Women’s Ashes go Down Under

Kate-Cross_3065163

Let’s face it, its not been a stellar trip for England Cricket in Australia so far.  With the England men’s test series defeat being the worst since the Ashes became a thing at the end of the 19th century, a dark cloud seems to have descended over English cricket despite the scorching temperatures of the Australian summer.  However, after the men’s humiliation comes the women’s chance to retain the Ashes they won back in the summer and bring some pride back to the three lions emblem.

The format for the W’Ashes (Women’s Ashes) is the same as the one put in place last summer, with a 4 day test, 3 ODIs and 3 T20 games.  A win in the Test gives a good advantage for the rest of the series as it comes with 6 points, however  the 2 points available in each limited over match means a series win doesn’t just ride on the first game and makes for an interesting tournament.

Heading into the final day of the test its hard to call the winner.  The scores on paper definitely put the game in England’s grasp after a brilliant recovery yesterday to reduce Australia’s batting to 57-5, however posting under 200 in the second innings and the unpredictability of Australia’s middle order means anything is possible. At the close of the 3rd day the scores stand on England 190 & 201 v Australia 207 & 57-5, Australia needing 128 runs to win which hopefully England’s bowlers will make sure doesn’t happen.  For a full score card check the BBC page here.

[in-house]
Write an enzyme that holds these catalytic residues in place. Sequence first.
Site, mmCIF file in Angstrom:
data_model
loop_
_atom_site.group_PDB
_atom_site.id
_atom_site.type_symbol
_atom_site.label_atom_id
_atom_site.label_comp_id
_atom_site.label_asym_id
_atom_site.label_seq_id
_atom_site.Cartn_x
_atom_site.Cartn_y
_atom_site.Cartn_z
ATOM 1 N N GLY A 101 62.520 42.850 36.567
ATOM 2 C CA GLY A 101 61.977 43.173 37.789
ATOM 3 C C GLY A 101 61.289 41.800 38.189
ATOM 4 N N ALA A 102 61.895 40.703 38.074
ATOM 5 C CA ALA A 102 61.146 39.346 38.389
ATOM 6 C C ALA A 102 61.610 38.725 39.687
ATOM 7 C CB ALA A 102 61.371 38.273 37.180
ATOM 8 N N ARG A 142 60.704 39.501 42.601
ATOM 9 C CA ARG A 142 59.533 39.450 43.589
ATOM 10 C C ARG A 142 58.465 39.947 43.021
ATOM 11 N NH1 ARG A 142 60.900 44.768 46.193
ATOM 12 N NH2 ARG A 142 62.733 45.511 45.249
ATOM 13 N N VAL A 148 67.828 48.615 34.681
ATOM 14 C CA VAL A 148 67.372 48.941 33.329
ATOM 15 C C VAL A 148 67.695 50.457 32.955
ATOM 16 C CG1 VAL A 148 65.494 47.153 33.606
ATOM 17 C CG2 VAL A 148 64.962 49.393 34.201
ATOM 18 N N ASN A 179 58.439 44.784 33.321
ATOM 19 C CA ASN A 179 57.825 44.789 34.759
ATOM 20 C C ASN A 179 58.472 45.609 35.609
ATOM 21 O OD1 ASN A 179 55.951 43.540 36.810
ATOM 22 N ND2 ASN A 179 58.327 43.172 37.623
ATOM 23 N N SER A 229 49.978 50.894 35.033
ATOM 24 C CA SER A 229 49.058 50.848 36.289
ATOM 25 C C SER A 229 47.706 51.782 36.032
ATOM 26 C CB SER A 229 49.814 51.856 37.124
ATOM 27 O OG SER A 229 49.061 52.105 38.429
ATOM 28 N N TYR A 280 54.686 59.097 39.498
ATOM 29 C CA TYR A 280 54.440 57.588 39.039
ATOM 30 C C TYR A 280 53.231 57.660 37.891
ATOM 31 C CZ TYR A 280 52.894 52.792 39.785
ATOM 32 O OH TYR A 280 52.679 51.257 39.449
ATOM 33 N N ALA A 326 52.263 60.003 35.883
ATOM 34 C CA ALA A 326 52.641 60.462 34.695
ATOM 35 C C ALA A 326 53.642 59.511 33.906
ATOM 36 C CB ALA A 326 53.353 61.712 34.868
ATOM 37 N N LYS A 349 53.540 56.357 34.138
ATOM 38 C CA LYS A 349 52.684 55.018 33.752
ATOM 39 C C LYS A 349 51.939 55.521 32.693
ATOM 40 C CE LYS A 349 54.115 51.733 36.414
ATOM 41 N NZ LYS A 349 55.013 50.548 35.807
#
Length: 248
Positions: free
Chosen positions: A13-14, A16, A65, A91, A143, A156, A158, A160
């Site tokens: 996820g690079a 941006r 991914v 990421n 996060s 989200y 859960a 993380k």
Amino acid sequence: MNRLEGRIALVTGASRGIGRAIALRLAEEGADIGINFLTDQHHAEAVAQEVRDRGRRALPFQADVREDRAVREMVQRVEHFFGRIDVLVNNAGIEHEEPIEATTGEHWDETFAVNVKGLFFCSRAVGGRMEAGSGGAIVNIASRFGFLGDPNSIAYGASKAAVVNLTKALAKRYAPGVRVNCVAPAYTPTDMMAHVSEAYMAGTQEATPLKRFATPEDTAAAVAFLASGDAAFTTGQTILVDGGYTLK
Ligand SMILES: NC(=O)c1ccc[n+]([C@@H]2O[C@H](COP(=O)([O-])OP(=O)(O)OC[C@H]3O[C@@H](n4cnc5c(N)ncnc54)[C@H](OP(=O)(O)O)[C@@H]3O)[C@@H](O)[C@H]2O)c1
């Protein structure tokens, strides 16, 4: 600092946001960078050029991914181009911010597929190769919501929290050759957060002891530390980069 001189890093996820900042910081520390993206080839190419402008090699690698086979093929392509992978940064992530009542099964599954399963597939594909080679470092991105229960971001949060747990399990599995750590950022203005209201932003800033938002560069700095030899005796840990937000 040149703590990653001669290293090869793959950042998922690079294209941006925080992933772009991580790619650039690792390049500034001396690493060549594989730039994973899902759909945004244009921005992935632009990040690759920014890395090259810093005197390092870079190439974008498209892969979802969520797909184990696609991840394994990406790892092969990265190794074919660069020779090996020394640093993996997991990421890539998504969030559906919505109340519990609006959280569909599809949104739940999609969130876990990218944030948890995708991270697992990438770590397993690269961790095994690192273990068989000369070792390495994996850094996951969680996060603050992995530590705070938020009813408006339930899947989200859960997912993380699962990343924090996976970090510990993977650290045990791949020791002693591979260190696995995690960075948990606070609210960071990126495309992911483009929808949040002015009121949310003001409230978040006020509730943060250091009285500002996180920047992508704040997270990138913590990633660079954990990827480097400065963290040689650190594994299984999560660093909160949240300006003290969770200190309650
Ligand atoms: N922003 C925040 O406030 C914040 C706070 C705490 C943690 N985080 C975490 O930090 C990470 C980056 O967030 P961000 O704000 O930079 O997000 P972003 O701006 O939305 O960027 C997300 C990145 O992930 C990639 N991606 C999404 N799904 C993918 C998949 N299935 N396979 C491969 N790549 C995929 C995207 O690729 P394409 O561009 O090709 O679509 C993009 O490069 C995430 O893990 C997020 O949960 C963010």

After the success of the W’Ashes last summer in England the media do seem to be getting on board with women’s international cricket. Sky Sports have print game reviews and interviews after each day on their website and are planning to show the three T20 matches live on TV, whilst the BBC have 5 Live extra on the air waves covering each day of the test match *(see below for slight grumble) and giving the game a clear presence on their sports news webpages.  On top of that the women’s T20 and men’s T20 Internationals will be played as a double header, offering a far larger audience to the women’s game.

*My grumble is this.  Coming in from a night out I realised i’d be up to catch the beginning of day 3 of the W’Ashes test on the radio so tuned in and settled down.  Coverage started and although it was a broadcast from ABC Grandstand, Australia’s 5 Live equivalent, which seemed rife with Pom bashing and a lot of chat about the upcoming men’s ODI that was due to start at 3am (UK time), I was content.  What I wasn’t content with was the coverage being faded out at 3am on the dot and the TMS music starting instead, announcing the commentary from the men’s ODI match.  First off, when slightly wine fueled at 3am in the morning, the slightest unforeseen change can freak a girl out more than is rationally acceptable and led to me genuinely believing for a few seconds that my radio was being possessed by the ghost of TMS past. But secondly, it seemed slightly rude when there are two 5 live stations to just take the women’s game off completely and give blatant priority to the men’s. This wasn’t a part of the men’s Ashes series and one that England went on to be thrashed in by 6 wickets.  The W’Ashes coverage was still available online but at that time of night on a Saturday most people would be unlikely or lack the coordination to fire up their laptops when they were hoping for a little bit of radio chat to send them off to sleep.

The Women’s Ashes:

Date Format Venue Points for a Win Points for a Draw
10 – 13 January Test WACA, Perth 6  2
19 January ODI MCG, Melbourne 2 1
23 January ODI MCG, Melbourne 2 1
26 January ODI Blundstone Arena, Hobart 2 1
29 January WT20 Blundstone Arena, Hobart 2 N/A
31 January WT20 MCG, Melbourne 2 N/A
2 February WT20 Stadium Australia, Sydney 2 N/A

FQ.

Image from http://www1.skysports.com/live-scores/cricket (thanks!)

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